I love that story. I love the image of a parent reading aloud in the car as the family drives and drives and drives.

So here's the question. Just because this technology is available, just because televisions now hang down from the ceilings of our cars, does that mean we need them? That we should use them? That we have to have them? Long ago, children would sit in the car for long car rides and just listen or read or  stare at the window and watch the world pass by. Are they incapable of that now? Or is it us, the parents, that are incapable of that level of patience? Do we want a perfectly quiet car ride, so we numb our children for hours rather than taking that opportunity to expand them? To grow their minds? Do we really think that twelve hours in a child's life is so unimportant we can fill it with nothing just to have a little peace?

These are the books on tape we listened to this vacation in order of greatest success:

Hank the Cowdog the Original Story. It's read by the author, and I cannot tell you how funny this recording is. We were all in hysterics. I thought Calvin would lose a lung, he was laughing so hard. We listened to this twice.

The Great Unexpected by Sharon Creech. They did not want to listen to this. They moaned and complained when I put it in, but, by golly, this is a good story and the moaning quickly turned into, "Hurry up, Mom and put in the next CD!"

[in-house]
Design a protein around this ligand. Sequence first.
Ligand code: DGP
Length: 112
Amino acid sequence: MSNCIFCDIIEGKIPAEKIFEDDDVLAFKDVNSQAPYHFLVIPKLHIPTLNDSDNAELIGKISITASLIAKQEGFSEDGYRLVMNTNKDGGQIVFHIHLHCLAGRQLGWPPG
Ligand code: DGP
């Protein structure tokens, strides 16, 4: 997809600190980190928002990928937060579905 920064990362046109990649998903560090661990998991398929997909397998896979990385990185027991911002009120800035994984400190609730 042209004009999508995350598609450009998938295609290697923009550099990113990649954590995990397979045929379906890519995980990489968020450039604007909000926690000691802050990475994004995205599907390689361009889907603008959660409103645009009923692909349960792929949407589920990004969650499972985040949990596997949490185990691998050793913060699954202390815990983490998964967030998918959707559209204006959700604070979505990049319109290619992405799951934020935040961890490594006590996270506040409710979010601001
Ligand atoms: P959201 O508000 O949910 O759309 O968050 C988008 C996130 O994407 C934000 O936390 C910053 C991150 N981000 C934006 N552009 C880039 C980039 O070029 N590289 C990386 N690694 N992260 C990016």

The Tale of Despereaux by Kate DiCamillo. The narrator of this is incredible. His French accent is divine. This is an odd tale that I happen to love, but the audio version of this transcends the book itself.

Happy listening!!!

Below are the most recent statistics on television watching in America. Read and be horrified.

Total Use of Television Data
Average time spent watching television (U.S.)5:11 hours
Years the average person will have spent watching TV: 9 years
Family Television Statistics 
Percentage of households that possess at least one television: 99 %
Number of TV sets in the average U.S. household: 2.24
Percentage of U.S. homes with three or more TV sets: 65 %
Percentage of Americans that regularly watch television while eating dinner: 67 %
Percentage of Americans who pay for cable TV: 56 %
Number of videos rented daily in the U.S.: 6 million
Percentage of Americans who say they watch too much TV: 49 %
Child Television Statistics
Number of minutes per week that the average child watches television: 1,480
Percent of 4-6 year-olds who, when asked to choose between watching TV and spending time with their fathers, preferred television: 54 %
Hours per year the average American youth spends in school: 900 hours
Hours per year the average American youth watches television: 1,200
Number of violent acts seen on TV by age 18: 150,000
Number of 30 second TV commercials seen in a year by an average child: 16,000

1 comment:

  1. I've never commented before. But wanted to thank you for the effort you put into it. I always look forward to your recommendation for kids (and myself)! Great post. We discovered books on tape this year and have loved traveling long distances listening to them.